That’s not typically too much to ask from a friend, and it’s usually something kitesurfers find pleasant and amusing – I’d gladly spend some time on the beach with a learning friend to give them some pointers. Teaching them to kitesurf from scratch, on the other hand, would involve excessive commitment and responsibility.
Do you have access to a safe spot with decent conditions?
If you’re going to teach yourself kitesurfing, it’s crucial that you pick an appropriate location with the right wind conditions. You need a place with :
- Plenty of space, no crowds. To launch your kite, you need an empty area around you with a radius of at least 25 m (the length of your lines), and additional free space downwind from you in case you crash your kite. Your lines are like razors at high speed, you don’t want to cut anyone’s ear or throat during an unexpected kite loop.
- No nearby buildings, electric lines, cars, rocks… Expect anything to happen, and plan for enough clearance downwind from you. If there’s a building downwind, take your stuff and walk further where there isn’t!
- If you’re at the water start stage: a beach (or lake) with as little surf and current as possible, a sandy bottom, and if possible shallow enough to walk even a few yards from the shore.
- Onshore (blows toward the beach) or sideshore (parallel to the beach) wind with medium speed – too weak or too strong can make your learning much harder. Imagine you might get dragged downwind helplessly by your kite for a long time, and try to envision where you’d end up exiting the water if that happened.
- If possible, try to arrange for someone with a boat or jetski to keep an eye on you and come to rescue you in case of emergency, particularly if the wind is offshore. You may really thank yourself later for doing this.
Is teaching yourself kitesurfing worth it?
So is it all worth it? If your goal is to save money, probably not. You’ll still have the cost of getting a trainer kite and the kitesurfing equipment you’ll learn on.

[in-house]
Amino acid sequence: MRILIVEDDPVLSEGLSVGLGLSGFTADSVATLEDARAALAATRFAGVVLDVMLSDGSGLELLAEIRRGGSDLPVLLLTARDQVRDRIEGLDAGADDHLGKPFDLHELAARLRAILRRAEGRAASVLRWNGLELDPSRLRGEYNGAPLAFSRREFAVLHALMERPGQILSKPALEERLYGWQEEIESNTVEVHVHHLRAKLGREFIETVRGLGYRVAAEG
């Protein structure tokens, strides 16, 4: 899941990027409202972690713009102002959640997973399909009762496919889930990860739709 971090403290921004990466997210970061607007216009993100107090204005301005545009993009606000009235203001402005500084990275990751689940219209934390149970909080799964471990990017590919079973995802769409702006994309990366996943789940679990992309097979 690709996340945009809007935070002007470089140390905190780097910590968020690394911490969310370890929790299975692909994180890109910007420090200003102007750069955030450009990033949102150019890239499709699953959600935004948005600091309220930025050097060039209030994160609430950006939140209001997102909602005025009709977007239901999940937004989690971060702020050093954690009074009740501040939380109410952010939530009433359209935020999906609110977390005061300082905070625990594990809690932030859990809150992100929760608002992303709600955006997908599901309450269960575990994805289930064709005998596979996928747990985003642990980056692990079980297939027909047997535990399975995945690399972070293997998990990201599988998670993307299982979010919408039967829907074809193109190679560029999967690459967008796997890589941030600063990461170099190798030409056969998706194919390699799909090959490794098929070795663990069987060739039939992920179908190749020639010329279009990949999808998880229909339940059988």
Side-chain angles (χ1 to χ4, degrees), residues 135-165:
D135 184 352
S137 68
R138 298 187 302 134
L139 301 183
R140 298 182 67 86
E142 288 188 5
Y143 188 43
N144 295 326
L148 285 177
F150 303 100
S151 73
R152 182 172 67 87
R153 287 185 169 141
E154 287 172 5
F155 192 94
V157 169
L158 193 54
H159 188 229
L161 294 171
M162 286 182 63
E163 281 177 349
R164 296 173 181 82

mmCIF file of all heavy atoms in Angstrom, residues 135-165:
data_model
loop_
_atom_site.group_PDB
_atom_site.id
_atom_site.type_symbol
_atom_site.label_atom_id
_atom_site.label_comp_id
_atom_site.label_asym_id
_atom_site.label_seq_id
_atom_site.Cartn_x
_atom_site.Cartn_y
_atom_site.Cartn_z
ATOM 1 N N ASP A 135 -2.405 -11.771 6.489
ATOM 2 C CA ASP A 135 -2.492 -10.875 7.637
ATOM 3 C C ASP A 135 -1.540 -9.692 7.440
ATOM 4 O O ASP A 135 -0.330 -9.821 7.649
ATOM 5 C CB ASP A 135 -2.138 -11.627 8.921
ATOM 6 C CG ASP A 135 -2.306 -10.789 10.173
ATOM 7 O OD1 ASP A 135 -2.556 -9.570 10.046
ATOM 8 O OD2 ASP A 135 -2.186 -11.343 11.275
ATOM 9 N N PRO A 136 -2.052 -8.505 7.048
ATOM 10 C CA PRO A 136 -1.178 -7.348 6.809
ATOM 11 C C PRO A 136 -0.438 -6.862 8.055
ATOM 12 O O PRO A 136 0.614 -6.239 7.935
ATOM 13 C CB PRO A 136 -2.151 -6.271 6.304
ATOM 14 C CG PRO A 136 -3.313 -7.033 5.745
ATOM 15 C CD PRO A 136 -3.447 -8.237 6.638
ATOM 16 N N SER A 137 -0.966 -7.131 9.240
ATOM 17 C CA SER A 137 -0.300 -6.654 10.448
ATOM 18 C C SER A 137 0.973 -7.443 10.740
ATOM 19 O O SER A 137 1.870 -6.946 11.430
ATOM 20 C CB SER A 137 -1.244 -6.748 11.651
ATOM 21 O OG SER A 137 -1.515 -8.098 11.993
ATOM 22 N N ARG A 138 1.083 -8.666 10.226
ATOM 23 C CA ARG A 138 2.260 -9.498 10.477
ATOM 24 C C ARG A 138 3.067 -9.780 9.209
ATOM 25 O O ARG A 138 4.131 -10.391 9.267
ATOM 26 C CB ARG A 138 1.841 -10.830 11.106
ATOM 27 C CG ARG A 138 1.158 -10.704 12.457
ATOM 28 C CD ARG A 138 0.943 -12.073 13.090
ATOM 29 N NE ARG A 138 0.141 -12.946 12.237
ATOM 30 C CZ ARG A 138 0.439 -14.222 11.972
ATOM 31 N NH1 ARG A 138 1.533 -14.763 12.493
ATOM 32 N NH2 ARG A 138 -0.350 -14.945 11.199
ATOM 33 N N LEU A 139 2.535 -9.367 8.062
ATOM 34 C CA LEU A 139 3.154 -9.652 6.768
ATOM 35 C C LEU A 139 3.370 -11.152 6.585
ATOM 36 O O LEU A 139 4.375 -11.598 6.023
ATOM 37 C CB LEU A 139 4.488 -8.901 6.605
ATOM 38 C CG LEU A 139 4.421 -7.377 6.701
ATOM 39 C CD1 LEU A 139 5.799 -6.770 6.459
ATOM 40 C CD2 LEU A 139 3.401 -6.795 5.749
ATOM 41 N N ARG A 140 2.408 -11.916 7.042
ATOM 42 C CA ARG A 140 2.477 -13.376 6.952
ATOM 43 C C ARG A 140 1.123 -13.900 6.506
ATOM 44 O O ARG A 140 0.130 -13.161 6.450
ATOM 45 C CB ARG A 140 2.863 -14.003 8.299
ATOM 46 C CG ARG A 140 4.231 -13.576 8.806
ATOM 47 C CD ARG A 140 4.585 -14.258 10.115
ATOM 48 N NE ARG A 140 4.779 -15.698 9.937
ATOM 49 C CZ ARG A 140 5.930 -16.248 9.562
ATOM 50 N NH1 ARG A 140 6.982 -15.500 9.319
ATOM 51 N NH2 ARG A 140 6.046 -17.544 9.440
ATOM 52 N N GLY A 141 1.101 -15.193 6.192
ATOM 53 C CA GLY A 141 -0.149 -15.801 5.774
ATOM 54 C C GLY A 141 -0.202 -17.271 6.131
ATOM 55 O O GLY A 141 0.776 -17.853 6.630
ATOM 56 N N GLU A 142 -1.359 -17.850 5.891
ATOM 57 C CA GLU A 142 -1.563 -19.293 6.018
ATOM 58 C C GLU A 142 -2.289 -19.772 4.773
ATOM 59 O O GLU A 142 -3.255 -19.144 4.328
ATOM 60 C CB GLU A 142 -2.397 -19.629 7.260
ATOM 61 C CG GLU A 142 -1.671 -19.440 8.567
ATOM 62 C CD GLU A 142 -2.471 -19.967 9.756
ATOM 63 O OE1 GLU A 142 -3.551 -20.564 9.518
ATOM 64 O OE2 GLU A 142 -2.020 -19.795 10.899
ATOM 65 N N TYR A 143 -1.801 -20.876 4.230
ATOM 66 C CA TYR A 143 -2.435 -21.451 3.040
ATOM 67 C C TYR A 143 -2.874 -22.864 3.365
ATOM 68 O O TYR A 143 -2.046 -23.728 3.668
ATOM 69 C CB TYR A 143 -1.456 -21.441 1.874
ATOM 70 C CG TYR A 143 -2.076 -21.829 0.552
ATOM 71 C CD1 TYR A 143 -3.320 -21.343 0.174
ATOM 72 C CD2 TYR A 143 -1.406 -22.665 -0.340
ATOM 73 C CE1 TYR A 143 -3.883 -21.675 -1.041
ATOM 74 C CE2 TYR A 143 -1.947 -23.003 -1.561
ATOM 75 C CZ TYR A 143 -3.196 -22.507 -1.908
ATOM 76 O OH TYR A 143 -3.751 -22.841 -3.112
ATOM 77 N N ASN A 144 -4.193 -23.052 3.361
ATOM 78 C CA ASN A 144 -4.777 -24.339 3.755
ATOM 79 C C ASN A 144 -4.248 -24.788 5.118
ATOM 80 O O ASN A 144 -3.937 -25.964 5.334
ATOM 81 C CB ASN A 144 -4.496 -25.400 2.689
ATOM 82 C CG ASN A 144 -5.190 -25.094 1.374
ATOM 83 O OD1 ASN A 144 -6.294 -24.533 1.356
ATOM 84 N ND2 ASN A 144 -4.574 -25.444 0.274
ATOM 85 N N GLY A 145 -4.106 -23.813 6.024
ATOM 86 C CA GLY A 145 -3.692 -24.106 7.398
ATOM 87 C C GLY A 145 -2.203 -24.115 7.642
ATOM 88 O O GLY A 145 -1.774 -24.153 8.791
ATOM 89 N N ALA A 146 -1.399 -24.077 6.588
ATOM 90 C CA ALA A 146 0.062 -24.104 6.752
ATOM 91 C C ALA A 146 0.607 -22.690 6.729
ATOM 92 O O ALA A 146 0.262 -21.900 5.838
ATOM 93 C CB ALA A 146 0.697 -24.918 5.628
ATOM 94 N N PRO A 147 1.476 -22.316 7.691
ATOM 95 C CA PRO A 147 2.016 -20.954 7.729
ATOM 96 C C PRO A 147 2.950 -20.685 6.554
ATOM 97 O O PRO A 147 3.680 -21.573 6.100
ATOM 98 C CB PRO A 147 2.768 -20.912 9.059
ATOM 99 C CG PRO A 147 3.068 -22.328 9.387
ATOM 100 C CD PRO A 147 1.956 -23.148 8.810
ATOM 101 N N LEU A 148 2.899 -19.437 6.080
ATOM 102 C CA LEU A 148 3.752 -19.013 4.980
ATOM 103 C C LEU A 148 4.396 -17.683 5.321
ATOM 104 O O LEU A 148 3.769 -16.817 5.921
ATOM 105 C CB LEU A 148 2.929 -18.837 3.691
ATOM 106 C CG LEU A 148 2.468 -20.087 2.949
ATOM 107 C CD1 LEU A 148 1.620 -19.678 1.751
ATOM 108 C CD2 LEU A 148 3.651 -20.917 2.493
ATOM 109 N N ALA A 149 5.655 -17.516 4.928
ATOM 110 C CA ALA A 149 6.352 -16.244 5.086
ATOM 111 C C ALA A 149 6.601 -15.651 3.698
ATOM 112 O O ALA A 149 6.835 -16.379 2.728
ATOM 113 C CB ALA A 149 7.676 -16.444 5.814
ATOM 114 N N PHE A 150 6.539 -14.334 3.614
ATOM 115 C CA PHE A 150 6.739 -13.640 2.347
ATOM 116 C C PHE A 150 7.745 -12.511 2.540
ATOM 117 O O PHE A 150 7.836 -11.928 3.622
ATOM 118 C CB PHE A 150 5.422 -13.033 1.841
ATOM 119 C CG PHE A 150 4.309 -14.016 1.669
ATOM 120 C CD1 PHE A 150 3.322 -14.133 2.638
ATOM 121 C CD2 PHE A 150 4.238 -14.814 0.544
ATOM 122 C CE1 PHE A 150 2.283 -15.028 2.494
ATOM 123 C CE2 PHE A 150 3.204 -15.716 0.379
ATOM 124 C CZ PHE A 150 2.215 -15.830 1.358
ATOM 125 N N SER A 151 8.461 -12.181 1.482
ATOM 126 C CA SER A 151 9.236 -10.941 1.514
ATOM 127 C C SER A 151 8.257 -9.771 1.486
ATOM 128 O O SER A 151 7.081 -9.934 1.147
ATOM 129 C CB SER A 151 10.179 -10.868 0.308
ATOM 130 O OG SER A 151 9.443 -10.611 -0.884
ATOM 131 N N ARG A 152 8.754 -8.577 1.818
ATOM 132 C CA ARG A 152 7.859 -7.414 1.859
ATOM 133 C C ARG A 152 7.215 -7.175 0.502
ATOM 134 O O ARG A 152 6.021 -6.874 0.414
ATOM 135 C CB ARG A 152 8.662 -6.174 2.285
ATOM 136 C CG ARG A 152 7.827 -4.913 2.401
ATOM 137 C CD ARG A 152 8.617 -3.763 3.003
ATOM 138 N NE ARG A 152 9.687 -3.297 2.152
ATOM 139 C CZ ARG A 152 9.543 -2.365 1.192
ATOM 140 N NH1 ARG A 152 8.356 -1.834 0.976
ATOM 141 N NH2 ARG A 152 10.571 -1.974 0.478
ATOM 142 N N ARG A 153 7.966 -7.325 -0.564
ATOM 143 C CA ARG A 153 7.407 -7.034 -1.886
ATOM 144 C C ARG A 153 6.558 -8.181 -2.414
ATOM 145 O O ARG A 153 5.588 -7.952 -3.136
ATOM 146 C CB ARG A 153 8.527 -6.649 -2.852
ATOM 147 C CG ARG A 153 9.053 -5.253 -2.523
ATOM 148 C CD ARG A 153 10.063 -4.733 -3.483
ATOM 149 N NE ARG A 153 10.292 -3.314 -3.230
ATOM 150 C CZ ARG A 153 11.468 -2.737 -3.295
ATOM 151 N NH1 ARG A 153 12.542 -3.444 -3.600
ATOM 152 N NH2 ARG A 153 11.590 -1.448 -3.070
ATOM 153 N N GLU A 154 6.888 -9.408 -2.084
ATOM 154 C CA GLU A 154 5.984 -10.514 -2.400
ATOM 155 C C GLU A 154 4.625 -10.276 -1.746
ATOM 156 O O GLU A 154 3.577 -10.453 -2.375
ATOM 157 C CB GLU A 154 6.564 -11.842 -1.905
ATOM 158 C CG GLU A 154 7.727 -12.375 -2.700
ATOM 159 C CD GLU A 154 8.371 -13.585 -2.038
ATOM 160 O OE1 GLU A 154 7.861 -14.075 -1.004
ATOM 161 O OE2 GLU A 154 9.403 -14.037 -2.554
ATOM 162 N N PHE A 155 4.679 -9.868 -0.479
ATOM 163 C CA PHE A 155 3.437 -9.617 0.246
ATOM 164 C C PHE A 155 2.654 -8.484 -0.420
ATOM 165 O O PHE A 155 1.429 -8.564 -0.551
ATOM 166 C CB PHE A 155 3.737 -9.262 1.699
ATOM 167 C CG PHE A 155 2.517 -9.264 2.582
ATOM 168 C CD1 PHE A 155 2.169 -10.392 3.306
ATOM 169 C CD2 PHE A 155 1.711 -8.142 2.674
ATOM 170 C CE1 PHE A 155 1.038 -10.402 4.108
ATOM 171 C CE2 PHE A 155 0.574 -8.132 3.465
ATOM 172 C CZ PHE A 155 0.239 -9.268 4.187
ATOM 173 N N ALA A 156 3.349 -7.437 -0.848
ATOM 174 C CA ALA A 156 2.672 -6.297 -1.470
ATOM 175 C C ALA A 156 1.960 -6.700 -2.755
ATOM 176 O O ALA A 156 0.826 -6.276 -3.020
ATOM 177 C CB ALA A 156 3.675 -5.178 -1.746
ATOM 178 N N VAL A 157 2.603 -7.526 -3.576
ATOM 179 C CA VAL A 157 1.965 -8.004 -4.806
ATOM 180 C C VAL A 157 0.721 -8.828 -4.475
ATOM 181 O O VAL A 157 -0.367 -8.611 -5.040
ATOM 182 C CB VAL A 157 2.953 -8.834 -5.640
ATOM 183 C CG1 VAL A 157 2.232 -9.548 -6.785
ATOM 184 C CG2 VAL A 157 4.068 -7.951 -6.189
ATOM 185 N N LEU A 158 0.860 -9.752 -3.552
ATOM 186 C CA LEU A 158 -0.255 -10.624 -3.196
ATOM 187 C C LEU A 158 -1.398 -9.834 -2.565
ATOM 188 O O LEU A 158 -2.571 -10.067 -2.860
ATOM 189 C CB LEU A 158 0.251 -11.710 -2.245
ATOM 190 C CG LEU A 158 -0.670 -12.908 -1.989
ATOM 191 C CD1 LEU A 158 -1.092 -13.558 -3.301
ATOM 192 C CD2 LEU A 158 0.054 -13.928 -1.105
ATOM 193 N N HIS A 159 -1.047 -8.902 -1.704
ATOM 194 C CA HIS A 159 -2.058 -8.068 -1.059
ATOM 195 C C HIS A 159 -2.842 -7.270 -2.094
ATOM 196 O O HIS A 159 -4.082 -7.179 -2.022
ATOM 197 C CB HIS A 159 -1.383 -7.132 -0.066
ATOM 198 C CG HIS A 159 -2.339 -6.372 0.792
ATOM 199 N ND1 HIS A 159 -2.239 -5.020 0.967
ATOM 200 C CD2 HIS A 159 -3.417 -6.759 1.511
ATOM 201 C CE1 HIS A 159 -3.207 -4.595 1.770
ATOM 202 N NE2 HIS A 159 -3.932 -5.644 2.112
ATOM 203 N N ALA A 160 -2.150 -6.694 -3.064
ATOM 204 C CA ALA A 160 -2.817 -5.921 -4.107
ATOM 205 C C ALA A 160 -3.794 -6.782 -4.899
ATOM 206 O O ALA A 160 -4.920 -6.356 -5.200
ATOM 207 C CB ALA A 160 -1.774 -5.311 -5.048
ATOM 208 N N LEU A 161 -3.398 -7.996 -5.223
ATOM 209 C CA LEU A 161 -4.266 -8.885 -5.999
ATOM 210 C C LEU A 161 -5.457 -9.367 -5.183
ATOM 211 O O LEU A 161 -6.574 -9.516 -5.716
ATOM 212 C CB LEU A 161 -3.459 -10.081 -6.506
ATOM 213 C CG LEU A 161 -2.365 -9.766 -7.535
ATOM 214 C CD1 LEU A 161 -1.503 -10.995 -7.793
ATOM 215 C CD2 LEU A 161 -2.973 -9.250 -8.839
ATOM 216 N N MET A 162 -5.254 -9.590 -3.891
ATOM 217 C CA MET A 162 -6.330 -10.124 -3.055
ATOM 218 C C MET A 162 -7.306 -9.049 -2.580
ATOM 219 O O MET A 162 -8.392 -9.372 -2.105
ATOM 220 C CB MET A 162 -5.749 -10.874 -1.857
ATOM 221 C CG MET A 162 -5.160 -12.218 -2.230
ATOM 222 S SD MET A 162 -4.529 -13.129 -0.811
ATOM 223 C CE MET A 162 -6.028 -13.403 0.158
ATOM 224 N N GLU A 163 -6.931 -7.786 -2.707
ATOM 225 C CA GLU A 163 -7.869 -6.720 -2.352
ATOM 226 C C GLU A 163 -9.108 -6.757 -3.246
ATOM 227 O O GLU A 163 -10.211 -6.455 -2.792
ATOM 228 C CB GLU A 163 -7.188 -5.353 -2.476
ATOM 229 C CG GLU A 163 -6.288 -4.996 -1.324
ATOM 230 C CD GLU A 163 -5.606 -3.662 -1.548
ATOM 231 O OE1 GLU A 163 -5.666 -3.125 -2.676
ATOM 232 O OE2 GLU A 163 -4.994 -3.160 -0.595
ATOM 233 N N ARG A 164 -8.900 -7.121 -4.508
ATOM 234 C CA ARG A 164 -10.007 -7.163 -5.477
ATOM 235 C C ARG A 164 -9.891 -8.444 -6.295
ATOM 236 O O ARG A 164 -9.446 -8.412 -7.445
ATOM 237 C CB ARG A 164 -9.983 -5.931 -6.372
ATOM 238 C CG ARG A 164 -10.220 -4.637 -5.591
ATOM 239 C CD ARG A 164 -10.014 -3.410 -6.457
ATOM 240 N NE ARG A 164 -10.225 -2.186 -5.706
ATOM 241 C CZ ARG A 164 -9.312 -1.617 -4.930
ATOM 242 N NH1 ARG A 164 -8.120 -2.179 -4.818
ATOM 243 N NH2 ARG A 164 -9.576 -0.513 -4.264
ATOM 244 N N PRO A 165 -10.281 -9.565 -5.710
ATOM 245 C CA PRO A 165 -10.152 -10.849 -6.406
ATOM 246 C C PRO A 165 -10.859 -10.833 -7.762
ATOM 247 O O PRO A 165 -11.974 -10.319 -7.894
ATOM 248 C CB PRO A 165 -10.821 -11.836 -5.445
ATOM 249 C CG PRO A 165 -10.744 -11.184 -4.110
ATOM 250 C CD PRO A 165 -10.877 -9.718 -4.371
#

Of course, you may have some equipment available to you at little or no cost (e.g. friends). But even assuming it’s in good enough state to make it safe, chances are you’re going to abuse it quite a bit while you’re learning, and may have to replace it for the person you borrowed it from.
If you choose the lessons path, on the other hand, the school’s equipment will be the one to take the beating instead, so that’s savings right there.
But the most significant potential cost of learning kitesurfing on your own is in hospital bills and possible lawsuits for injuring yourself or someone else – these could even last for a lifetime. If you learn through a kitesurfing school, you’ll normally be covered by their insurance. If you go it alone, though, consider purchasing insurance yourself.
Another side consequence of causing an accident on yourself or someone else is that it may lead to authorities closing the beach to kitesurfing, something that will really upset the local kitesurfers and get you banned for it!
If like me, you’re the self-learning type, my advice to you is to still start with a few lessons to cover the most important aspects from a safety standpoint – even though you may only take lessons for some key parts of the full learning process.
Start by reading up on basic wind theory, check out some Youtube videos, then get your hands on a trainer kite and get familiar with steering, window positioning, and traction without any risk.
Then, book a few lessons in a good kitesurf school to learn how to set up your power kite and lines in a bulletproof way, how to launch and land the kite (lots of accidents there), how to trigger the quick release, what to do if you kite crashes, how to control your kite with one hand, how to body drag and relaunch, and how to water start.
If you’re a smart learner, you should be able to get these steps down in 4 to 5 hours of instruction, and then freely move on to more self-learning.